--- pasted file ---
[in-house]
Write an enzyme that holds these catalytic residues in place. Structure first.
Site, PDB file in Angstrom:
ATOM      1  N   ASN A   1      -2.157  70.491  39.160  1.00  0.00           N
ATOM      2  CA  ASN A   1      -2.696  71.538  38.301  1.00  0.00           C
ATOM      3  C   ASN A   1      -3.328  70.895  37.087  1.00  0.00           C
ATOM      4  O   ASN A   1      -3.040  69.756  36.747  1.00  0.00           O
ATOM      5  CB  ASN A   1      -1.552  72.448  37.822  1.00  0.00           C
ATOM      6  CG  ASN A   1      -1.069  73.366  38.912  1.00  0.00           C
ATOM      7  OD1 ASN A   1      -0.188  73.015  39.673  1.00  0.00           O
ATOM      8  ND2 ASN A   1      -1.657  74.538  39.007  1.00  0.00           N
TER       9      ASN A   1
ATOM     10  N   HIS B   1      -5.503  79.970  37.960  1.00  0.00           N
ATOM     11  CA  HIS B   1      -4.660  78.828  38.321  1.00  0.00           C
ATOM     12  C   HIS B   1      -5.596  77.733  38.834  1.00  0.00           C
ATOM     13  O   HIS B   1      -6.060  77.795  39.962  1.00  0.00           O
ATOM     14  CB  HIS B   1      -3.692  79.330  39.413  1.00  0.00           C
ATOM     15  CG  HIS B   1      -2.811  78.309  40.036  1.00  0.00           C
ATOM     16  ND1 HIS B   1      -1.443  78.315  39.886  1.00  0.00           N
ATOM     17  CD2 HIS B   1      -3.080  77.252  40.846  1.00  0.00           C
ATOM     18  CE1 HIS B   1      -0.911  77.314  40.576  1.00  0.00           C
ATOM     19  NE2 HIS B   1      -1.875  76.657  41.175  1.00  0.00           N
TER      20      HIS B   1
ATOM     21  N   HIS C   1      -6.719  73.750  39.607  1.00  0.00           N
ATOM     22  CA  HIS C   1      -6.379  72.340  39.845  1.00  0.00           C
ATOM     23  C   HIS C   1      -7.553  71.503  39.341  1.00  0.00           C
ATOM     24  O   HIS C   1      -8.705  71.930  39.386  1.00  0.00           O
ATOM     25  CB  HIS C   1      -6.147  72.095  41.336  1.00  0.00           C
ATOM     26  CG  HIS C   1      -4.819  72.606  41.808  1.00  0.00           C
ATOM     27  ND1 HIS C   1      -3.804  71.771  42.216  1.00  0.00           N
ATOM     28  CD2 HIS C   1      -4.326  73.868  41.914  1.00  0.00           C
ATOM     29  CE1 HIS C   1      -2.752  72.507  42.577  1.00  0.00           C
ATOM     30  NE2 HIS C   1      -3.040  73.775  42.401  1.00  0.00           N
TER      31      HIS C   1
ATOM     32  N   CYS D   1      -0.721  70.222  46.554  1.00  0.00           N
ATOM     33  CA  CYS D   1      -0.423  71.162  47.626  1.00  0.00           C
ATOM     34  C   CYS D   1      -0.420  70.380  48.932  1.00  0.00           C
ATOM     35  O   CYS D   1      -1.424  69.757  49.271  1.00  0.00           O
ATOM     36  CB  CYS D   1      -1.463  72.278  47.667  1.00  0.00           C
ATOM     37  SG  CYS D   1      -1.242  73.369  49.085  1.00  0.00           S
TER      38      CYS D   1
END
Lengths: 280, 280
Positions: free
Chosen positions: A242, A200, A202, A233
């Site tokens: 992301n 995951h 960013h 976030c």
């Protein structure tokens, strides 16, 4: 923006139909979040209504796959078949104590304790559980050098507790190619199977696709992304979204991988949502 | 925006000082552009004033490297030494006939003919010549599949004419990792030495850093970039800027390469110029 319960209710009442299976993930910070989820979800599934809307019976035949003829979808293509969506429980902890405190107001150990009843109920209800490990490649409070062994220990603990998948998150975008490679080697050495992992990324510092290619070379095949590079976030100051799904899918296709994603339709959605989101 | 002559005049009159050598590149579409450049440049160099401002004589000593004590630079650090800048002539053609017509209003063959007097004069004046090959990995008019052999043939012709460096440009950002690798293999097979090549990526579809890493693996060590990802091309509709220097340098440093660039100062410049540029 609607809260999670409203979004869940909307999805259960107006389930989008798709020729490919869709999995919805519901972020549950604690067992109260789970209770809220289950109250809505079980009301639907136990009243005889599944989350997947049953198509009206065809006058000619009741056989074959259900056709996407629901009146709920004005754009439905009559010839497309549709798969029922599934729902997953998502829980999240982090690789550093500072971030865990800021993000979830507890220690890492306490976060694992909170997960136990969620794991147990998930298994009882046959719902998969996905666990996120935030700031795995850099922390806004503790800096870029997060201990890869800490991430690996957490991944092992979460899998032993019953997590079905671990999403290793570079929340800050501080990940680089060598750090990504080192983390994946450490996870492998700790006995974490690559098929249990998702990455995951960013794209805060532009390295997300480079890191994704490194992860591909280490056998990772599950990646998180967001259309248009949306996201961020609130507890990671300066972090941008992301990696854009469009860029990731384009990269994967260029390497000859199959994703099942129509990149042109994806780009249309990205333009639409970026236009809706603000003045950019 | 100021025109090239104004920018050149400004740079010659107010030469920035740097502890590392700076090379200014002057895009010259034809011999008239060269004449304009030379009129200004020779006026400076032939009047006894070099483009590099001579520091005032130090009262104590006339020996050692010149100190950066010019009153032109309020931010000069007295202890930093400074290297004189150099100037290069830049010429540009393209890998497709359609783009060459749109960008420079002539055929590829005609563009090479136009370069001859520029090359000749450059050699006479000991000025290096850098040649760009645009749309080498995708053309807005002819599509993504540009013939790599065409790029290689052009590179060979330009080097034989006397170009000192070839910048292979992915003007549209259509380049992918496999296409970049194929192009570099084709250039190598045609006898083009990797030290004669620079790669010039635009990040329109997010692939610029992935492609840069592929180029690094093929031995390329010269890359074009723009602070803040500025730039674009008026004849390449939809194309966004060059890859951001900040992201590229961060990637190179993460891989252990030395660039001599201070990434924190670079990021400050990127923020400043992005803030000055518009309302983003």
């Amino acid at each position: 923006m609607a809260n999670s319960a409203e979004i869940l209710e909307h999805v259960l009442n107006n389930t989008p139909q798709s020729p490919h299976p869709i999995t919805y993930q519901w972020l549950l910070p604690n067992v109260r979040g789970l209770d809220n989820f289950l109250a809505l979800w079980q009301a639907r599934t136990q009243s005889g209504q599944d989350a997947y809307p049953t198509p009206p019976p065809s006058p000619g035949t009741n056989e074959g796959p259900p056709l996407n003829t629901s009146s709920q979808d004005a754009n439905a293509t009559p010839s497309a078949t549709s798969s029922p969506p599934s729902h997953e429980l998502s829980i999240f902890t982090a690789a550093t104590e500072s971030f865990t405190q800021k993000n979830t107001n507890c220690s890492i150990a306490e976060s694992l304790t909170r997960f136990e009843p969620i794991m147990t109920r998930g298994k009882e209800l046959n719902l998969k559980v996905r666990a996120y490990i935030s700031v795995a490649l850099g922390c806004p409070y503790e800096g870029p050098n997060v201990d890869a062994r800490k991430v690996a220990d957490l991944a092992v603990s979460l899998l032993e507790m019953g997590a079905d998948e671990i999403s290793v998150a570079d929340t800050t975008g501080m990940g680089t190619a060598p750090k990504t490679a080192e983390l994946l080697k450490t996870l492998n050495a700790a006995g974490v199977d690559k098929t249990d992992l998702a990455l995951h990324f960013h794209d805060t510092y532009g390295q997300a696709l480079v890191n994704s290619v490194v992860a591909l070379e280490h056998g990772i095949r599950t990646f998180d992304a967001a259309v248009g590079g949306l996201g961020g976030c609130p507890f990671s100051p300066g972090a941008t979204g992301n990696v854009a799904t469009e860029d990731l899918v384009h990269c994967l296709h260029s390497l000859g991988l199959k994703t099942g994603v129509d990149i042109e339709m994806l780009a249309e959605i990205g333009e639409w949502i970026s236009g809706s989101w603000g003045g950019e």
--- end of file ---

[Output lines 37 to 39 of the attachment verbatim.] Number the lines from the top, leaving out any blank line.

ATOM     34  C   CYS D   1      -0.420  70.380  48.932  1.00  0.00           C
ATOM     35  O   CYS D   1      -1.424  69.757  49.271  1.00  0.00           O
ATOM     36  CB  CYS D   1      -1.463  72.278  47.667  1.00  0.00           C